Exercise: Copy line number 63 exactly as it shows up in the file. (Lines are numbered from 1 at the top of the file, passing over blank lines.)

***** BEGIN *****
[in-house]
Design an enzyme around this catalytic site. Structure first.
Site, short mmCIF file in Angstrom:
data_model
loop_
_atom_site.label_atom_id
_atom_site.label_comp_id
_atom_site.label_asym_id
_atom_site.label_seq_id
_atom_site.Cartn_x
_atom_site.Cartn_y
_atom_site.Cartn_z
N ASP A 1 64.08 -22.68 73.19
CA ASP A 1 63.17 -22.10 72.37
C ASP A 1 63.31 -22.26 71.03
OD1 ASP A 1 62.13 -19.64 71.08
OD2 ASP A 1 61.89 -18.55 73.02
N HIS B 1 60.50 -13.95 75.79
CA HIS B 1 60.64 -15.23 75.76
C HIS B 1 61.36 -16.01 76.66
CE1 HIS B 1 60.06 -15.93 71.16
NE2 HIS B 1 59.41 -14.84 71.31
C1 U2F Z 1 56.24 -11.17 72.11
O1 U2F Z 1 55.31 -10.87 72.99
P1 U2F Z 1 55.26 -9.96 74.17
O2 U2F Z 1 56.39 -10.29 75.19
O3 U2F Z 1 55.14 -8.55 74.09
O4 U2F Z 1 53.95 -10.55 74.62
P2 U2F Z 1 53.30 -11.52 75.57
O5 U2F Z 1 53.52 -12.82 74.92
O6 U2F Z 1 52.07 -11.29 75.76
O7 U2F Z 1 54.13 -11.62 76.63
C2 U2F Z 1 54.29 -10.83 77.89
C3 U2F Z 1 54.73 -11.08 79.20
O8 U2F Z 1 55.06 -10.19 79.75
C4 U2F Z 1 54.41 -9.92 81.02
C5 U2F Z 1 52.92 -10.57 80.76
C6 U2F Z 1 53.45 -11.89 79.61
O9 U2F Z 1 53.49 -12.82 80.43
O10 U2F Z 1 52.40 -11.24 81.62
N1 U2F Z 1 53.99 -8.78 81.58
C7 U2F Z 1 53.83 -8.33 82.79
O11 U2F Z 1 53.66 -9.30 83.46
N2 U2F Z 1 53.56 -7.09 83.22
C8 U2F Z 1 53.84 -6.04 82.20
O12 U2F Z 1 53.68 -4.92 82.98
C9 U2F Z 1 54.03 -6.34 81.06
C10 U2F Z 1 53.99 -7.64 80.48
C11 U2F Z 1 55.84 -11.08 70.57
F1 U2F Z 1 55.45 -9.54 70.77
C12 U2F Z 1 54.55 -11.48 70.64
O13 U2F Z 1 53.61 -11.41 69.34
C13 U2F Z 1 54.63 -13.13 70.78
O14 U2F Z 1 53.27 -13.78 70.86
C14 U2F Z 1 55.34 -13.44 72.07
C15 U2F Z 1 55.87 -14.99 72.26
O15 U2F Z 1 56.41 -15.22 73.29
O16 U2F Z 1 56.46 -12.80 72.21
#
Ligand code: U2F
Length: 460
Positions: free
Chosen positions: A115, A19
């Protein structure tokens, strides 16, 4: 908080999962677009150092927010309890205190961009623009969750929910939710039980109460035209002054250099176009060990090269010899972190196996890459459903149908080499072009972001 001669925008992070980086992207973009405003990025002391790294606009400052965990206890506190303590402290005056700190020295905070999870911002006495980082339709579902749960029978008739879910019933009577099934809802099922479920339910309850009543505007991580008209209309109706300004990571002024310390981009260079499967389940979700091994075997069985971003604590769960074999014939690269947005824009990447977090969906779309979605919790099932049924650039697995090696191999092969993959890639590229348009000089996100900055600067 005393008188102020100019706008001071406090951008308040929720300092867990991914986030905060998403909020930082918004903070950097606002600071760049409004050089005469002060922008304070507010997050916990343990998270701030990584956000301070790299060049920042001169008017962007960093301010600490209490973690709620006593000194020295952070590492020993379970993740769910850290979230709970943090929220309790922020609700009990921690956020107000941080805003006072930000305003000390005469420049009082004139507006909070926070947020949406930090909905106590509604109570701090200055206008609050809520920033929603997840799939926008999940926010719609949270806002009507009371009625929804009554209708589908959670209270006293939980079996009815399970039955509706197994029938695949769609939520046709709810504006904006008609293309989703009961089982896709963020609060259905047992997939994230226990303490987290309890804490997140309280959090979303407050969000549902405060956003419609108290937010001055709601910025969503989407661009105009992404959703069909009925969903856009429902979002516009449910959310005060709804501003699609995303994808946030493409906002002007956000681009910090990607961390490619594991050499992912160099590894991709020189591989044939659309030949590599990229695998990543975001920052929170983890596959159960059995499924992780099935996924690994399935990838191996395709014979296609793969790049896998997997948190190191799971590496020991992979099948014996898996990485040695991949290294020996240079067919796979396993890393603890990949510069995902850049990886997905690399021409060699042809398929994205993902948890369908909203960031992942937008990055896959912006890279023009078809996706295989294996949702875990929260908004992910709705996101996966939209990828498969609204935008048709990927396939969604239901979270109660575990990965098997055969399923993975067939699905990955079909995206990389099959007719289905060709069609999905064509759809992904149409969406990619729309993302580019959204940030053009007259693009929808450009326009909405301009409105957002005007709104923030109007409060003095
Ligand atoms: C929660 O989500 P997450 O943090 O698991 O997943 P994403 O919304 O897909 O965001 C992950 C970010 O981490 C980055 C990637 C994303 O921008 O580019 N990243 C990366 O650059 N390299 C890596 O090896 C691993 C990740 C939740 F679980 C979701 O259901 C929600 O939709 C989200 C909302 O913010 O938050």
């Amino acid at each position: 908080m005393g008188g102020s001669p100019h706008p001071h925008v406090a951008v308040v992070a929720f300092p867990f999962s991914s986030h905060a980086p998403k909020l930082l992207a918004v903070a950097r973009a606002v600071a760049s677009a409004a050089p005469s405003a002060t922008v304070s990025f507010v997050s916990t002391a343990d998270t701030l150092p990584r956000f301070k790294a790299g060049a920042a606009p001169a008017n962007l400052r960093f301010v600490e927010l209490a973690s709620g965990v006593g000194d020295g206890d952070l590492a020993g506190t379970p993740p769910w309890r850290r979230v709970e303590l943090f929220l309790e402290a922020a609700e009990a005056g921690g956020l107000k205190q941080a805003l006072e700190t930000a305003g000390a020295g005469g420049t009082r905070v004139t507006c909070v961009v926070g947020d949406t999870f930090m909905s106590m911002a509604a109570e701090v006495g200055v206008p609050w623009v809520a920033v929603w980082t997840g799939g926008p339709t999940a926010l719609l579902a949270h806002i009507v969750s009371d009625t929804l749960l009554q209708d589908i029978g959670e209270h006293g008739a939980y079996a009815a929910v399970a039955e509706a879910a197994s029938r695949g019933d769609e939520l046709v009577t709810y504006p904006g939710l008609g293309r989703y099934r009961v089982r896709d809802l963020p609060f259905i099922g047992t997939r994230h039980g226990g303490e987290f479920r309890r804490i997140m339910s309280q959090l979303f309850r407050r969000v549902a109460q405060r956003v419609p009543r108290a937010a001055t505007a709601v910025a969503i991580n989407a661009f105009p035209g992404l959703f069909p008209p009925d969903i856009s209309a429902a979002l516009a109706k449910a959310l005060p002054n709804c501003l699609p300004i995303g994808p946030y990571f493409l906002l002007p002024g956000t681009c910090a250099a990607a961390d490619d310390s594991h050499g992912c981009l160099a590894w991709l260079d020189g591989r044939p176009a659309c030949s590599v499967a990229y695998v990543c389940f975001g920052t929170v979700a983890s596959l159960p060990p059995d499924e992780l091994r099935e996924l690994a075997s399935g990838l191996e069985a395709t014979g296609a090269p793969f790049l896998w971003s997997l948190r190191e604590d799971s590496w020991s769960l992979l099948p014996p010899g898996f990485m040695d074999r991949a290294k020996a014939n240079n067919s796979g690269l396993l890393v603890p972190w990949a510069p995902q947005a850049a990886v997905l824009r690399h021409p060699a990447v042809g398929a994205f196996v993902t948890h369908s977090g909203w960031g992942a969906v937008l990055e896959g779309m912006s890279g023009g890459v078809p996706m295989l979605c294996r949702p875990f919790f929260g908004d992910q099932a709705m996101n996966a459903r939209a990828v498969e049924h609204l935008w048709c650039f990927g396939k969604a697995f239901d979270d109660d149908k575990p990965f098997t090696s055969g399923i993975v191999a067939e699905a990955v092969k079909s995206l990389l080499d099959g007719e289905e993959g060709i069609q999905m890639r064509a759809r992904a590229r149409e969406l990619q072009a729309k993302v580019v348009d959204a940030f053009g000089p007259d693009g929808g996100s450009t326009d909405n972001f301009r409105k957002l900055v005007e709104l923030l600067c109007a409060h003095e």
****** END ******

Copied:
Chosen positions: A115, A19